DSM: Sudbury and learning disabilities or low IQ's


Melissa Bradford (mbradford@mediaone.net)
Fri, 12 May 2000 08:46:25 -0500


Dear Becky,

Melissa from LVS here. I don't have all the answers to your questions, but
I will try to answer some of them. My children attend a Sudbury school in
Illinois that I helped found, and I formerly taught 8th grade in public
school for 7 years.

First you asked:

> : My question is what is your take on kids with low IQ's (71) and having a
> : difficult time reading attending a Sudbury school?

I can't answer that because I don't have direct experience with this one. I
will tell you what I told a parent in a similar situation who did an
enrollment interview at our school. When it comes to a question of low IQ,
the parent must really make the call. Only you know how well this child
functions, and how much he/she needs special learning situations. I view
low IQ as a very different situation from LD/ADD, mainly because I'm not
sure LD or ADD exist, but I'm pretty sure low IQ exists.

 Do you see kids make
> : gains when the pressure is off of them (I know the answer to this one)?

The general answer to your question is yes, including the LD/ADD situation.
With respect to your specific question of low IQ, I can't answer that one.

> : Has anyone watched a child with learning disabilities similar to mine go
> : through a Sudbury school?

We don't really track such things, and Sudbury Valley does not either to my
knowledge. If you have read some of the SVS literature, you know that they
have never seen a student develop a so-called learning disability there.
Also, they have not informally noticed any difference between kids who were
supposedly previously diagnosed LD or ADD and any of the other students.

My informal observation of students at LVS who were previously diagnosed
with ADD or LD is that their problems, if they had them, had nothing
whatsoever to do with "ADD", and had a great deal to do with either 1)
things that were going on, or had gone on, in their nuclear family, or 2)
the fact that they did not fit in with the traditional system and such a
label was the easy way to explain it.

With respect to "emotional/psychological difficulties", as Gerald Phillips
said, that is a bit broad. In some cases, I would say that a Sudbury school
is not equipped to handle such difficulties, but it would depend on what the
difficulties were, and how severe they are. I have seen cases where the
child was too damaged to be successful in a Sudbury school, because he/she
would not learn to take responsibility for his/her actions. Unfortunately,
a Sudbury school is not really able to handle such children, at least in my
limited experience.

> : Could I hear some of the results, what the child
> : was like, what happened to the child?

These ADD/LD children definitely made strides. I can't be specific for
reasons of confidentiality.

> : Also what about diplomias, or GED's,
> : how does the graduation process work?

SVS and LVS award diplomas to students who successfully defend a thesis,
something along the lines of "why you are ready to become a responsible
member of the community at large".

If you want to read an outstanding book on LD/ADD and medicating our
children, I recommend "Reclaiming Our Children: A Healing Plan for a Nation
in Crisis" by Dr. Peter R. Breggin. He is an outspoken critic of the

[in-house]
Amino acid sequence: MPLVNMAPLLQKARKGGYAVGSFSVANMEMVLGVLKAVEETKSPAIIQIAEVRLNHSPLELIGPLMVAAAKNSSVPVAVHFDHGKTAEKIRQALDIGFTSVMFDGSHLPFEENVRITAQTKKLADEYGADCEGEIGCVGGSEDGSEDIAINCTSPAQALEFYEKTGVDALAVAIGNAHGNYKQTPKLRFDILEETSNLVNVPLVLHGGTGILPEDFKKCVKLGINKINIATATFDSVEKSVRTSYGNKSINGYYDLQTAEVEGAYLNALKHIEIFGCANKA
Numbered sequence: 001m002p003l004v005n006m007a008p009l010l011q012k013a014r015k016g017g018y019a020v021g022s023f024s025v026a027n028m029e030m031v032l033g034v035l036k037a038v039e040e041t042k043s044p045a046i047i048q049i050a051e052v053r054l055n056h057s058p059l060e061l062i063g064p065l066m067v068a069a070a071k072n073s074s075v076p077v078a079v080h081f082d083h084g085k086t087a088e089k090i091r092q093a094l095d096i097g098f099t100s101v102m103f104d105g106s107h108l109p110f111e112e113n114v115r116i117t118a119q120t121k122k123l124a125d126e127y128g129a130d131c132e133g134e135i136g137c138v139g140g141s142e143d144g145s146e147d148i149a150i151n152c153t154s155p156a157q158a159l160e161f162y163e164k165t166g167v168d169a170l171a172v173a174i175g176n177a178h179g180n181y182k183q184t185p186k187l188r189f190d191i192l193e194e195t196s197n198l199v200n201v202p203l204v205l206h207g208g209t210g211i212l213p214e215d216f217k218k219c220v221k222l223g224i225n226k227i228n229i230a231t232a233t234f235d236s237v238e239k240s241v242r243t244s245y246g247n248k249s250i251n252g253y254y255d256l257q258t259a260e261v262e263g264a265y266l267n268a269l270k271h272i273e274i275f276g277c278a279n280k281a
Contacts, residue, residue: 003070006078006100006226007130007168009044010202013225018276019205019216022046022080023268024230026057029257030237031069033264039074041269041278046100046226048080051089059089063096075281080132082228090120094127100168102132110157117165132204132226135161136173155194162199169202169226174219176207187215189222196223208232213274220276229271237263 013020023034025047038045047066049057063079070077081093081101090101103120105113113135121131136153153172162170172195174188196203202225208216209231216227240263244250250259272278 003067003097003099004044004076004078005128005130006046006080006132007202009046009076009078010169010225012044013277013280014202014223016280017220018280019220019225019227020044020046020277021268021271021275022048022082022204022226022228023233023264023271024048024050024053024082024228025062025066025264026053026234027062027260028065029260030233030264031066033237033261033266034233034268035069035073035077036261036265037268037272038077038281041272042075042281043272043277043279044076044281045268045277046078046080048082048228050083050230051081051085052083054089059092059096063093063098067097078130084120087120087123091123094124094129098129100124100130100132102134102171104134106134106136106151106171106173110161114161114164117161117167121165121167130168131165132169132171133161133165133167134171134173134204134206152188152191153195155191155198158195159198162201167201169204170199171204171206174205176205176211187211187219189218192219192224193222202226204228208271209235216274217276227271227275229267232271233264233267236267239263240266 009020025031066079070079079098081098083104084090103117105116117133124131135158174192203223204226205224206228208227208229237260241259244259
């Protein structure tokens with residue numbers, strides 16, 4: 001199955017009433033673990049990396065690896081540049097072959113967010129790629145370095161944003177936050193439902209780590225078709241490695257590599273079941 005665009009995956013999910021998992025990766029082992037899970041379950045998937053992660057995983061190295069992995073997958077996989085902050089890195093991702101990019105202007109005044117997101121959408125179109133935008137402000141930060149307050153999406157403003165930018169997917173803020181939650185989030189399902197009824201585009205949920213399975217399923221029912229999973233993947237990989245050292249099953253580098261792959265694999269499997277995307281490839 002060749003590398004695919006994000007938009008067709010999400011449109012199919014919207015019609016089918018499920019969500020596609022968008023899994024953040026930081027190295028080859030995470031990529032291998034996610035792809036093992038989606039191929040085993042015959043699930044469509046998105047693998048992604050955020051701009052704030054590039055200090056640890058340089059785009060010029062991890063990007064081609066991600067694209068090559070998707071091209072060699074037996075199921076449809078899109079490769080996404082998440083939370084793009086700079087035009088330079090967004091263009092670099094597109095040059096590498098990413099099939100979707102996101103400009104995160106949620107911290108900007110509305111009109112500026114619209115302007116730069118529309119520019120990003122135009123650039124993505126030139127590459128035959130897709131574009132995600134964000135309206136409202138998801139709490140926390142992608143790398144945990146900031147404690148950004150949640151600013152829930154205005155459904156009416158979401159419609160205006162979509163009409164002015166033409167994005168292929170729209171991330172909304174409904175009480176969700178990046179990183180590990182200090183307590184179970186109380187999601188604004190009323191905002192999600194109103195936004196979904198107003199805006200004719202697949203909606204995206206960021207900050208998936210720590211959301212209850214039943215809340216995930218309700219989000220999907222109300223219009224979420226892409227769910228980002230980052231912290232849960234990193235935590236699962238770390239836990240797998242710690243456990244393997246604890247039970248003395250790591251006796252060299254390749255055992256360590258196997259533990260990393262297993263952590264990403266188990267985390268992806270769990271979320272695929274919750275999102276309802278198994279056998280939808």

practice of medicating our children into submission, and questions the
existence of ADD/LD, and has lots of research to support his views. Here is
my favorite quote from the book (I have lots of them):

"Suppose a group or children is standing on the shore of an island waving
their arms crisscross above their heads in the universal distress signal.
Now imagine that a 'hospital ship' spots the children and comes ashore.
Suppose further that the doctor orders the nurses to give the children
Prozac or Ritalin to abort their signals of distress. Now suppose the ship
departs without finding out why the children are alone on the island, where
their parents are, what dangers are surrounding them, or even whether they
want to be rescued.

"That of course sounds ridiculous. Yet in ways small and large this is
happening throughout the nation. Millions of children are desperately
signaling distress and doctors are sending them home with drugs that supress
their ability to communicate their distress." (p. 142)

It is my personal belief that ADD is an attempt to explain why people who
are expected to spend their time doing unnatural, boring activities all day
don't want to do them. It is not normal for people to sit at desks all day
doing paperwork. It is unprecedented in human history that we have so many
adults and children doing just that. Our bodies and brains are not designed
to do such activities for long periods of time, especially boys & men. Some
say, use performance-enhancing drugs, such as Ritalin. I would like to know
why it is OK to do that to children for the sake of making teachers' and
parents' lives easier, but it is not OK for athletes to do it? Why can't
anybody pop a Ritalin when they want to be able to concentrate better on an
exam, or on their paperwork? "Hey, I don't feel like balancing my checkbook
today, I think I'll go down to the local school and buy a Ritalin off some
kid." It is frightening to me that we don't look at the cause, we only
treat the symptoms.

With respect to learning disabilities such as dyslexia, from the research I
have read, learning disabilities are simply developmental differences that
children grow out of, given time. Unfortunately, school magnifies these
differences and make a normal developmental variation into a big problem
that can stay with someone for life.

Well, I could go on and on about this, but I guess I'll stop here. It
happens to be an area of interest to me. Hope this is helpful. Best of
luck to you.

Melissa Bradford, LVS



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